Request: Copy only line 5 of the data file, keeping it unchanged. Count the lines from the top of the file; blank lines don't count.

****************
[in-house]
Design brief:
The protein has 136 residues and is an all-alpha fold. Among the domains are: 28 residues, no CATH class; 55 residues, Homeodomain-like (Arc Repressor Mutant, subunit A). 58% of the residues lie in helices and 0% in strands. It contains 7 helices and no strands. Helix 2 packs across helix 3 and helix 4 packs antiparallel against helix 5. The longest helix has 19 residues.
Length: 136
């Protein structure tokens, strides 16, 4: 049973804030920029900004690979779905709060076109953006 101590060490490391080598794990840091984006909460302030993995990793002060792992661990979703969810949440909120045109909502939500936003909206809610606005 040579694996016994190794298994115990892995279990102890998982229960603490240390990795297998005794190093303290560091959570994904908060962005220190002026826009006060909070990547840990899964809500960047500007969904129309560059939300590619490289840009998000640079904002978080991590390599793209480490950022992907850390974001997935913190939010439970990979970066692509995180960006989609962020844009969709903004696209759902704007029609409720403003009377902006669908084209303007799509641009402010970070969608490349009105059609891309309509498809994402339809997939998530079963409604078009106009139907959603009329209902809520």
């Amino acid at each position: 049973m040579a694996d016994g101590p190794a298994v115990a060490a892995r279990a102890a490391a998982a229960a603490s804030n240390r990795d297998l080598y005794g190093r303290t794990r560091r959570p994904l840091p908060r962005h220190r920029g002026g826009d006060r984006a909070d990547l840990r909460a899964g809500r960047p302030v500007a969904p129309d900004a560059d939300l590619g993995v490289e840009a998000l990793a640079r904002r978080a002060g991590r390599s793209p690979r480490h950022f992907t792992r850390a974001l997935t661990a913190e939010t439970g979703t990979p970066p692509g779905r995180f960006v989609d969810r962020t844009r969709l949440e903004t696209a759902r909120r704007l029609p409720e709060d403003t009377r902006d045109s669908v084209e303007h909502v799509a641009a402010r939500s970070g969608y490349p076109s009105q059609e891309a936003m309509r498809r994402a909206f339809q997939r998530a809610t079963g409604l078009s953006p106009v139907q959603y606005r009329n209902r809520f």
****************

């Protein structure tokens, strides 16, 4: 049973804030920029900004690979779905709060076109953006 101590060490490391080598794990840091984006909460302030993995990793002060792992661990979703969810949440909120045109909502939500936003909206809610606005 040579694996016994190794298994115990892995279990102890998982229960603490240390990795297998005794190093303290560091959570994904908060962005220190002026826009006060909070990547840990899964809500960047500007969904129309560059939300590619490289840009998000640079904002978080991590390599793209480490950022992907850390974001997935913190939010439970990979970066692509995180960006989609962020844009969709903004696209759902704007029609409720403003009377902006669908084209303007799509641009402010970070969608490349009105059609891309309509498809994402339809997939998530079963409604078009106009139907959603009329209902809520």